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TURKEY IN SEPTEMBER

We are a couple in our early 60's going to Turkey for our first time. We have been to Greece a couple of times and love it. I'd like suggestions about our itinerary. We arrive in IST Sept 2, 2010. Four dys in Istanbul, fly to Izmir - 5 days Seljuk with a car. Drive the rest of the way. Three days Pamukkale, Four days Olundeiz, three days Antalya, One day Konya, Five days Goreme, One day Ankara, Two days Istanbul. Thanks for any help, Dennis

Posted by
3259 posts

Hi Dennis,

We were in Turkey in May and had a fabulous time. I think that your itinerary sounds pretty good. Here are some thoughts:

  • I'd add one day to Istanbul on the front end (5 nights rather than 4).

  • Except for Ephesus and a visit to the village of Sirince there isn't a lot to see near Selcuk. We found that 2 days was enough--3 would be o.k.

*We liked Goreme alot--especially if you like hiking. I'd suggest getting a car and driver to tour the villages in Cappadocia.

*If you wanted another option and you could consider skipping Konya and Ankara and flying back to Istanbul from Nevsehir.

Sharon

Posted by
3 posts

Thank You!!! I will look at those suggestions. Dennis

Posted by
1568 posts

You maybe interested in this site. It has 360 degree virtual tours of many places of interest in Turkey.

Posted by
990 posts

I agree that more time in Istanbul at the beginning of the trip would be good. There is so much to see, and you will be getting over jetlag and acclimatizing to Turkey, so take your time. Selcuk is probably only worth four days maximum--you can use it as a base for Didyma and Miletus on the coast for a day trip, as well as to Sirence. Three days is almost certainly too many for Pamukkale--I would allocate a day for a leisurely drive there from Selcuk--stopping off at Afrodisias for a less touristed group of ruins to compare with Ephesus. (You may find goats grazing on the weeds sprouting in their forum!) Pamukkale itself and Hieropolis are worth a full day of sightseeing the next day, then I would head down to the Mediterranean coast. You might consider a night in Fethiye before going to Oludeniz. Take you time exploring the coast--there are lots of lovely villages, Lycean tomb ruins, the ruined church of St. Nicholas (yes, the original "Santa Claus", a stunning sandy beach at Patara, etc. Also consider making Cirali your base rather than Oludeniz--Oludeniz is more of a backpackers destination with a lot of partying young people, whereas Cirali is legally barred from development to protect the spawning sea turtles, so it has a quieter feel to it. In Antalya, you can either stay at a resort on the pebble beach or in a small pension in the old walled section of the city--it's up to your taste and budget. Lots of good side trips from there, too--Perge, Aspendos, the Upper and Lower Duden Waterfalls, for example. Konya is worth a day visit--the Mevlana Muse and the historic mosques are unforgettable. On the way there and on the way to Cappadocia, be sure to stop and explore an old caravanserai or two--the old "hotels" for Silk Road travelers.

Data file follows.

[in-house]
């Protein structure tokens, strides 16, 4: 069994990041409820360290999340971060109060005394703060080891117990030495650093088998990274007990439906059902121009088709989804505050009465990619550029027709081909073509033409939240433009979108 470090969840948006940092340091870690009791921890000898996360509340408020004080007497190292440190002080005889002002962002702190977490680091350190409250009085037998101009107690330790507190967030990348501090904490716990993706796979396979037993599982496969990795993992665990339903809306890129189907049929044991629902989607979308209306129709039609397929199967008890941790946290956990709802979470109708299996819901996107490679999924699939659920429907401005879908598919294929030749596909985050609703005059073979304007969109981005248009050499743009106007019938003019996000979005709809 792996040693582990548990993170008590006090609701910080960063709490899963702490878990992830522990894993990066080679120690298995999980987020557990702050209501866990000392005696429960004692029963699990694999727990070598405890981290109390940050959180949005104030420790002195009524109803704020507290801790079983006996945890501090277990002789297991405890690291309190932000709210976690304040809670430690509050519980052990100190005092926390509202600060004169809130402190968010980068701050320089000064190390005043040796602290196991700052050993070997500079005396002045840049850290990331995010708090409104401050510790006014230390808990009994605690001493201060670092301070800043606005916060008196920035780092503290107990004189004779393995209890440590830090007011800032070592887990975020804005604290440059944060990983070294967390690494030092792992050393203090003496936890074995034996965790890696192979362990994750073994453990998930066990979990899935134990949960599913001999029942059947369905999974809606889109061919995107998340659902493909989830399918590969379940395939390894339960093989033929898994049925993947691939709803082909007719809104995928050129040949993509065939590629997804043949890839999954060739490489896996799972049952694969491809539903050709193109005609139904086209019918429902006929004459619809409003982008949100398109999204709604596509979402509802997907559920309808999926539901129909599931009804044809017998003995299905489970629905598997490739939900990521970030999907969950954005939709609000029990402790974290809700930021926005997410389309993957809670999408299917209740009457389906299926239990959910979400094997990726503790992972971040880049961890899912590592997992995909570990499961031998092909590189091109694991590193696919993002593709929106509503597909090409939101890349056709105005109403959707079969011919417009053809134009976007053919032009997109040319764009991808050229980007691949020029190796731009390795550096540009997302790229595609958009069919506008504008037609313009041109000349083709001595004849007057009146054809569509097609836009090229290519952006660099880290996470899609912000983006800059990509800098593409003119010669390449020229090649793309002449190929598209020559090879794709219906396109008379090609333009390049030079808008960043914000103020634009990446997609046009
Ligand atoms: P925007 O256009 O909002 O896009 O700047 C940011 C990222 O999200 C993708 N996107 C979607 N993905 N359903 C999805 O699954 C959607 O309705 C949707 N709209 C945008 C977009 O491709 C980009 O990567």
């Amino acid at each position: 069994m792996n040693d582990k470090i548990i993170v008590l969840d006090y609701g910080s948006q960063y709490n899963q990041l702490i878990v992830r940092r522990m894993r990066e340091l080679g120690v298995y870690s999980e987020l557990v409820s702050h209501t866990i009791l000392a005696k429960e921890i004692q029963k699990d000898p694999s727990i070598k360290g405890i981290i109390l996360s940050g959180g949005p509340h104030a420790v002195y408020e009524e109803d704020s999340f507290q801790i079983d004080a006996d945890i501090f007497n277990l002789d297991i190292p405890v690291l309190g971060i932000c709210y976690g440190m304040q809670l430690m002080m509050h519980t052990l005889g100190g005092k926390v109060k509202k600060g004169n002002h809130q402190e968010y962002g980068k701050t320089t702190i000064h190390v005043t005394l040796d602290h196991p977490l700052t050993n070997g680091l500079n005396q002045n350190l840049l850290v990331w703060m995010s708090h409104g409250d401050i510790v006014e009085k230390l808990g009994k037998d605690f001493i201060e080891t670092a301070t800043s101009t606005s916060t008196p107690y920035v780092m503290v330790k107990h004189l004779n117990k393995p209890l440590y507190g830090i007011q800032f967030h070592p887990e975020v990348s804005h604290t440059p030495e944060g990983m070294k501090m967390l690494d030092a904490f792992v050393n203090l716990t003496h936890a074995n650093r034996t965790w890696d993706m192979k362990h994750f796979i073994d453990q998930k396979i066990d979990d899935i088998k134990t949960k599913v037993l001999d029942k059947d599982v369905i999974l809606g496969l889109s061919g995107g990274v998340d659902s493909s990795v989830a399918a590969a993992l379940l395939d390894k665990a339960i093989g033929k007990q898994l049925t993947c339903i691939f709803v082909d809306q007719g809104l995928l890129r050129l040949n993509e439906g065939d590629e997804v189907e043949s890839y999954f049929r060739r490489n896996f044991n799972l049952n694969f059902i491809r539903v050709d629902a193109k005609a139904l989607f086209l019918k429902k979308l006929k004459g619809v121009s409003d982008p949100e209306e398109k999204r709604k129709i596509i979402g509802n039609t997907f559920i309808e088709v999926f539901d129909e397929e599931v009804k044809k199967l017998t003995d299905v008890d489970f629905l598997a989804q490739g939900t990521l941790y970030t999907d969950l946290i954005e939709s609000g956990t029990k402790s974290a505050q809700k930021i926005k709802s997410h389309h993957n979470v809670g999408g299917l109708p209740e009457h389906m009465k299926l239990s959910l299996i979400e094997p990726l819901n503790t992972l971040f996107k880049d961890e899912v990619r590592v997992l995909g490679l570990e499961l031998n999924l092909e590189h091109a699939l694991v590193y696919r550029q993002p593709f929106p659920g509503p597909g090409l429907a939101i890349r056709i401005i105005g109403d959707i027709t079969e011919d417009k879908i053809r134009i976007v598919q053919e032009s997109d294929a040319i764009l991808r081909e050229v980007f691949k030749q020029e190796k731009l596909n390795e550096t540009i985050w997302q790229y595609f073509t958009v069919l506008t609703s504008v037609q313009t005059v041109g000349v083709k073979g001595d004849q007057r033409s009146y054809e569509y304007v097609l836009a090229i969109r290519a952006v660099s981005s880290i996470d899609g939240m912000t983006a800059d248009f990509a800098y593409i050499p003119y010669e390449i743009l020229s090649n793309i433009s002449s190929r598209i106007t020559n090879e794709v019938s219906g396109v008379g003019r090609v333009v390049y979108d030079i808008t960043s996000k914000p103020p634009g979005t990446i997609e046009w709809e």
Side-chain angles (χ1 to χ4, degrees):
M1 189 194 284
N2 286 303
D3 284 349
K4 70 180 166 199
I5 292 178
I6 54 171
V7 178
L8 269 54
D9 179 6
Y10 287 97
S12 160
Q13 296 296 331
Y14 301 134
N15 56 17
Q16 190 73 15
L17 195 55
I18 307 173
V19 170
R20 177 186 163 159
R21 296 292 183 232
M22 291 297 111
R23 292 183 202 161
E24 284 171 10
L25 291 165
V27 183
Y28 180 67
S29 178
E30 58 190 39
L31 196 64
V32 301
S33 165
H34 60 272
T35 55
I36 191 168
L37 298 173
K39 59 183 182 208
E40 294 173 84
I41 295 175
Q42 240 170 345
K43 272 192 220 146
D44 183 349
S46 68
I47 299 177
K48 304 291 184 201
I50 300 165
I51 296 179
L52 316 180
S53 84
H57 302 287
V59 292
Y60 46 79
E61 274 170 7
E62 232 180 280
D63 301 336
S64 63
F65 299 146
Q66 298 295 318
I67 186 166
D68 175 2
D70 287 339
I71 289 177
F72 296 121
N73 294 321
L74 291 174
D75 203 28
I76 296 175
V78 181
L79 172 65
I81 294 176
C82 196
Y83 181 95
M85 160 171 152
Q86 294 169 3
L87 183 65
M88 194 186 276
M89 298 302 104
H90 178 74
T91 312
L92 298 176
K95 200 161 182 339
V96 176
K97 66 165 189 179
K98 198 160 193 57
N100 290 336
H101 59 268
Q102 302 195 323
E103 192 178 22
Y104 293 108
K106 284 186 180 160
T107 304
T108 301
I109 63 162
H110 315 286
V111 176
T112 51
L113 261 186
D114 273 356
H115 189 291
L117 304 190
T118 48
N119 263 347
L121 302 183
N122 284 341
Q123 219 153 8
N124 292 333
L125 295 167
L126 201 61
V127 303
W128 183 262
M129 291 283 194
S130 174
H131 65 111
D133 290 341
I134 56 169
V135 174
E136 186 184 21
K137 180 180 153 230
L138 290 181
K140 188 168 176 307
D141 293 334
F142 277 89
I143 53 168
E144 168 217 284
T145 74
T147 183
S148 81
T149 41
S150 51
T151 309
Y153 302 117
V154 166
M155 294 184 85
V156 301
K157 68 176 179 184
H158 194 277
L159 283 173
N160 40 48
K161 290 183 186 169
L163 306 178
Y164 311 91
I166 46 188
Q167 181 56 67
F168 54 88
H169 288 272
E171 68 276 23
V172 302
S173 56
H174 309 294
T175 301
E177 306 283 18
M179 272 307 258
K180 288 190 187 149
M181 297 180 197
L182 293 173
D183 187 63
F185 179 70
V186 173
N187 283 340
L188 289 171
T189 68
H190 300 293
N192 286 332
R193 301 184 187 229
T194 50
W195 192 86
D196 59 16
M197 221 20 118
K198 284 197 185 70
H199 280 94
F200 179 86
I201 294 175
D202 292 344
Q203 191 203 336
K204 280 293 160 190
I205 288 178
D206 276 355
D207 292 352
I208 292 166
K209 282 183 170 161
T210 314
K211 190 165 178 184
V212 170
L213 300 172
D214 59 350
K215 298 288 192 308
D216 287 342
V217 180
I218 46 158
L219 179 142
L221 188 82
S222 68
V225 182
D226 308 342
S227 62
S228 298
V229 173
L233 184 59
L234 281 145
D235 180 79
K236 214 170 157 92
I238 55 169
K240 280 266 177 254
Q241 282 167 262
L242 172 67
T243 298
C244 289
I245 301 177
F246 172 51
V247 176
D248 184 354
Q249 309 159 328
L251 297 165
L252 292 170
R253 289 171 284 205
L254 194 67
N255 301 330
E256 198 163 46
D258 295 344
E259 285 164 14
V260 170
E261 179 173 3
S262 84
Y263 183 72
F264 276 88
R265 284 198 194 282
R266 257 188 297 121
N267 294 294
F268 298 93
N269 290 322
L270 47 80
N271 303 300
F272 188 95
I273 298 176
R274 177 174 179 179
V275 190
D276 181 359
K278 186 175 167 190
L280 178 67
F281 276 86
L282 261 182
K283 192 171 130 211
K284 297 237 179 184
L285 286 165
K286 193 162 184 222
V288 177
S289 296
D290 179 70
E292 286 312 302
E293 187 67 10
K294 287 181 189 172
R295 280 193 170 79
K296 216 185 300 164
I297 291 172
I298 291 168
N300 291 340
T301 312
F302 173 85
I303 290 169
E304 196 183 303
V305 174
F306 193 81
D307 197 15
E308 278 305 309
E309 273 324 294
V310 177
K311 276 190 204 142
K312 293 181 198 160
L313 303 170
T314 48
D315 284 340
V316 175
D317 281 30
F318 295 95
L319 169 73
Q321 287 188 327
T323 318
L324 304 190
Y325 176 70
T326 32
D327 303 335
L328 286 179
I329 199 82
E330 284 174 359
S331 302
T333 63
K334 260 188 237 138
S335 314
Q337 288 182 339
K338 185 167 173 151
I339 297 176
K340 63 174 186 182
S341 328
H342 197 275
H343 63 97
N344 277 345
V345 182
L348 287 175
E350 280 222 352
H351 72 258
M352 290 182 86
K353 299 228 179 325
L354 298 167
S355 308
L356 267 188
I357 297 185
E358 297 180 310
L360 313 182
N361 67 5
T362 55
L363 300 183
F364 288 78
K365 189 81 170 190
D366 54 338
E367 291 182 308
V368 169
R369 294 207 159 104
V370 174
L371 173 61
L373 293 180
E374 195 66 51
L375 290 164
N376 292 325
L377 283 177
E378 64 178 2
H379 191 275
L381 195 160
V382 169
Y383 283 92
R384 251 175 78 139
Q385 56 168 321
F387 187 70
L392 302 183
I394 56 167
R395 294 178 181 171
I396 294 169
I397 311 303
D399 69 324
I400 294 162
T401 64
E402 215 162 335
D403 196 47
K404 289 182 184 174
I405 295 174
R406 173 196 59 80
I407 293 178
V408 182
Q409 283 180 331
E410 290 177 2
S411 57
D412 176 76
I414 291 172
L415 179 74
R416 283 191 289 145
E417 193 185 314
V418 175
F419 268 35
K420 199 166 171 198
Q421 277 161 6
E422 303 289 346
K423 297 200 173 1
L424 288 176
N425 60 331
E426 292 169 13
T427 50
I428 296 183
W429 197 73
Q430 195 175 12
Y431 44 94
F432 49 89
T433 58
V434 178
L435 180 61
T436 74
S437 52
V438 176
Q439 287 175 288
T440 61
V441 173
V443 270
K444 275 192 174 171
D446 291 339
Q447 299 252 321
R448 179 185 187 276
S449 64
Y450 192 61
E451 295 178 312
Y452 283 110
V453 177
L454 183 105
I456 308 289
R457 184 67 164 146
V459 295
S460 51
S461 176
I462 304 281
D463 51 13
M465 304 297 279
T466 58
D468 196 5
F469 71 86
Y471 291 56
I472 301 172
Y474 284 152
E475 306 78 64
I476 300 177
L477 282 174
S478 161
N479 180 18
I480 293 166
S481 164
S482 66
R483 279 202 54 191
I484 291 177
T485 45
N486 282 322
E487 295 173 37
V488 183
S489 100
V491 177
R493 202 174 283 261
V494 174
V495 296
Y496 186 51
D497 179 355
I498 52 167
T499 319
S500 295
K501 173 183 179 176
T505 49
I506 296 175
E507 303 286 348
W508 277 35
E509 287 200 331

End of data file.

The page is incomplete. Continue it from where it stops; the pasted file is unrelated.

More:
I would recommend leaving your car in Cappadocia and hiring a car and driver or taking minibus tours. Getting around to see all the sights is surprisingly hard. (more next post...)

Posted by
417 posts

That looks great, but I agree with the others about adding another day in Istanbul, and taking two off of Seljuk. Maybe add the other day to Ankara for a side trip to Hattusa, the ancient capital of the Hittites, if that interests you. Quite a few companies do day trips there if you don't want to do it on your own, after all that driving!

Posted by
417 posts

This is not really related to an itinerary, but the music of Loreena McKennitt is perfectly composed for a trip to Turkey. Consider her albums "The Book of Secrets" and "An Ancient Muse" both of which have songs related to Turkey.

She calls her compositions "A musical travel log." I agree completely!

Posted by
990 posts

(continued)

The first trip we took there we spent many hours on wild goose chases getting lost and having to ask for directions--and keep in mind that I speak a fair amount of Turkish and still found it a problem! Cappadocia is a phenomenal place--if you can afford it, a hot air balloon trip there is well worth it, and there are loads of hikes ranging from strolls to serious work-outs. Amazing geology, fascinating history, charming village life. Goreme is a good base for Cappadocia, though some of the nicer cave hotels are in Urgup. Wherever you pick as a base, you can leave Cappadocia by bus from Nevsehir and easily get to Ankara. The Museum of Anatolian History is a world-class destination, as is the Anitkabir--Ataturk's mausoleum and museum of modern Turkish history. You will have a better understanding of the uniqueness of Turkey and its pride in its secular culture when you visit. From there, you can fly back to Istanbul or for a more romantic trip, take the night train back and arrive in Istanbul in the morning. Frankly, I don't sleep well on night trains but I still take them between Istanbul and Ankara just for the bygone-era feel of them.

Have a wonderful trip--hope these suggestions help in your planning.